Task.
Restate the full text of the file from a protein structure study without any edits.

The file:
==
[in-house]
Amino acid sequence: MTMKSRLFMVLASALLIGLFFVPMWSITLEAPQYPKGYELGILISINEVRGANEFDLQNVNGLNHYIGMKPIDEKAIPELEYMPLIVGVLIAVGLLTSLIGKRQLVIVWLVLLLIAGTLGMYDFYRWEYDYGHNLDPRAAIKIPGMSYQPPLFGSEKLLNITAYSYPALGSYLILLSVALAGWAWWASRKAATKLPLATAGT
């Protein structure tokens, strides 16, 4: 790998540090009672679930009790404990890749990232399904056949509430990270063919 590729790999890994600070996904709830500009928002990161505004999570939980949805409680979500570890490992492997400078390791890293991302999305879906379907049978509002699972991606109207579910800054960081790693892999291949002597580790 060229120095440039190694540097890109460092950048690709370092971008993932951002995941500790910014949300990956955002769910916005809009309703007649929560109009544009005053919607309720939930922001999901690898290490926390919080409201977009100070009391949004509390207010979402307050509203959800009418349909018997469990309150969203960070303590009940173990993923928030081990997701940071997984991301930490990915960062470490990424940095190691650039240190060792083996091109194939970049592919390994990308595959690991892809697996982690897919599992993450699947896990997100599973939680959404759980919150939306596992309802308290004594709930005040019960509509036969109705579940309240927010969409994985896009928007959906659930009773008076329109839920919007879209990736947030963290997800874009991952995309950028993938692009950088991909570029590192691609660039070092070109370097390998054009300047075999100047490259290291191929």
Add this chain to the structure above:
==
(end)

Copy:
[in-house]
Amino acid sequence: MTMKSRLFMVLASALLIGLFFVPMWSITLEAPQYPKGYELGILISINEVRGANEFDLQNVNGLNHYIGMKPIDEKAIPELEYMPLIVGVLIAVGLLTSLIGKRQLVIVWLVLLLIAGTLGMYDFYRWEYDYGHNLDPRAAIKIPGMSYQPPLFGSEKLLNITAYSYPALGSYLILLSVALAGWAWWASRKAATKLPLATAGT
């Protein structure tokens, strides 16, 4: 790998540090009672679930009790404990890749990232399904056949509430990270063919 590729790999890994600070996904709830500009928002990161505004999570939980949805409680979500570890490992492997400078390791890293991302999305879906379907049978509002699972991606109207579910800054960081790693892999291949002597580790 060229120095440039190694540097890109460092950048690709370092971008993932951002995941500790910014949300990956955002769910916005809009309703007649929560109009544009005053919607309720939930922001999901690898290490926390919080409201977009100070009391949004509390207010979402307050509203959800009418349909018997469990309150969203960070303590009940173990993923928030081990997701940071997984991301930490990915960062470490990424940095190691650039240190060792083996091109194939970049592919390994990308595959690991892809697996982690897919599992993450699947896990997100599973939680959404759980919150939306596992309802308290004594709930005040019960509509036969109705579940309240927010969409994985896009928007959906659930009773008076329109839920919007879209990736947030963290997800874009991952995309950028993938692009950088991909570029590192691609660039070092070109370097390998054009300047075999100047490259290291191929």
Add this chain to the structure above: